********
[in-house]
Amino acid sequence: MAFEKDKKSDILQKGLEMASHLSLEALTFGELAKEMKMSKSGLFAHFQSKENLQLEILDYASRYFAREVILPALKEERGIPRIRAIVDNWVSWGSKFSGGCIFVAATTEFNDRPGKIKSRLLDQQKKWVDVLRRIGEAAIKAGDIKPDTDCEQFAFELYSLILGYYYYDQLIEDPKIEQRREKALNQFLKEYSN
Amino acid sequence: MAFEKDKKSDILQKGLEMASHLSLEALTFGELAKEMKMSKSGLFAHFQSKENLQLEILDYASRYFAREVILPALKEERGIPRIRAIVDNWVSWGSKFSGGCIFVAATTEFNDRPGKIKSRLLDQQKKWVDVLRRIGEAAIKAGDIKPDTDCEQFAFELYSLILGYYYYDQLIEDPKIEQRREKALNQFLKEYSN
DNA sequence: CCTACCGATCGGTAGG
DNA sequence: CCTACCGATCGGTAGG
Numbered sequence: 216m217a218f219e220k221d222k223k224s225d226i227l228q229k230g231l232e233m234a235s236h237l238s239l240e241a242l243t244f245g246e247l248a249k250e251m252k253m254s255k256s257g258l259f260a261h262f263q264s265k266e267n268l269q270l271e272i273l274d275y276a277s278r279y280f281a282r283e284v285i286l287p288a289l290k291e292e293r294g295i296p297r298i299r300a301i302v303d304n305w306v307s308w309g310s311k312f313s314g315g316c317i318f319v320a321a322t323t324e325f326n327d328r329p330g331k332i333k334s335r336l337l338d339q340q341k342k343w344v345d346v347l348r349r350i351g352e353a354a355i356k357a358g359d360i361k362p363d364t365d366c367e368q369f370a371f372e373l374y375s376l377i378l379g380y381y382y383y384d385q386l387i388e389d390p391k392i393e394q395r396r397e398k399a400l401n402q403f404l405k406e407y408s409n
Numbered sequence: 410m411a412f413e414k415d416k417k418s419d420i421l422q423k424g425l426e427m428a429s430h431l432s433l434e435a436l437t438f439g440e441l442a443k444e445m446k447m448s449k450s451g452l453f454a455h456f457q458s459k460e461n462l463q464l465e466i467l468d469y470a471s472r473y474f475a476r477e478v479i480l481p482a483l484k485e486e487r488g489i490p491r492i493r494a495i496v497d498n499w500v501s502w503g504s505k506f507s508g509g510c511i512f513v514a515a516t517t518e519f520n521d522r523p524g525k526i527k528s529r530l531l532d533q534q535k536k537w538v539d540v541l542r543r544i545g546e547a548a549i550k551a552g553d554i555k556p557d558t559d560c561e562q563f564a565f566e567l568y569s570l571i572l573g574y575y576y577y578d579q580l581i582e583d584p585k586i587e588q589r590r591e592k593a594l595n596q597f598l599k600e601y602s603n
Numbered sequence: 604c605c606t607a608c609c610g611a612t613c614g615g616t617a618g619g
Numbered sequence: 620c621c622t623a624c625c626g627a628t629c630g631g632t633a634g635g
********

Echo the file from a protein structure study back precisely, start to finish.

[in-house]
Amino acid sequence: MAFEKDKKSDILQKGLEMASHLSLEALTFGELAKEMKMSKSGLFAHFQSKENLQLEILDYASRYFAREVILPALKEERGIPRIRAIVDNWVSWGSKFSGGCIFVAATTEFNDRPGKIKSRLLDQQKKWVDVLRRIGEAAIKAGDIKPDTDCEQFAFELYSLILGYYYYDQLIEDPKIEQRREKALNQFLKEYSN
Amino acid sequence: MAFEKDKKSDILQKGLEMASHLSLEALTFGELAKEMKMSKSGLFAHFQSKENLQLEILDYASRYFAREVILPALKEERGIPRIRAIVDNWVSWGSKFSGGCIFVAATTEFNDRPGKIKSRLLDQQKKWVDVLRRIGEAAIKAGDIKPDTDCEQFAFELYSLILGYYYYDQLIEDPKIEQRREKALNQFLKEYSN
DNA sequence: CCTACCGATCGGTAGG
DNA sequence: CCTACCGATCGGTAGG
Numbered sequence: 216m217a218f219e220k221d222k223k224s225d226i227l228q229k230g231l232e233m234a235s236h237l238s239l240e241a242l243t244f245g246e247l248a249k250e251m252k253m254s255k256s257g258l259f260a261h262f263q264s265k266e267n268l269q270l271e272i273l274d275y276a277s278r279y280f281a282r283e284v285i286l287p288a289l290k291e292e293r294g295i296p297r298i299r300a301i302v303d304n305w306v307s308w309g310s311k312f313s314g315g316c317i318f319v320a321a322t323t324e325f326n327d328r329p330g331k332i333k334s335r336l337l338d339q340q341k342k343w344v345d346v347l348r349r350i351g352e353a354a355i356k357a358g359d360i361k362p363d364t365d366c367e368q369f370a371f372e373l374y375s376l377i378l379g380y381y382y383y384d385q386l387i388e389d390p391k392i393e394q395r396r397e398k399a400l401n402q403f404l405k406e407y408s409n
Numbered sequence: 410m411a412f413e414k415d416k417k418s419d420i421l422q423k424g425l426e427m428a429s430h431l432s433l434e435a436l437t438f439g440e441l442a443k444e445m446k447m448s449k450s451g452l453f454a455h456f457q458s459k460e461n462l463q464l465e466i467l468d469y470a471s472r473y474f475a476r477e478v479i480l481p482a483l484k485e486e487r488g489i490p491r492i493r494a495i496v497d498n499w500v501s502w503g504s505k506f507s508g509g510c511i512f513v514a515a516t517t518e519f520n521d522r523p524g525k526i527k528s529r530l531l532d533q534q535k536k537w538v539d540v541l542r543r544i545g546e547a548a549i550k551a552g553d554i555k556p557d558t559d560c561e562q563f564a565f566e567l568y569s570l571i572l573g574y575y576y577y578d579q580l581i582e583d584p585k586i587e588q589r590r591e592k593a594l595n596q597f598l599k600e601y602s603n
Numbered sequence: 604c605c606t607a608c609c610g611a612t613c614g615g616t617a618g619g
Numbered sequence: 620c621c622t623a624c625c626g627a628t629c630g631g632t633a634g635g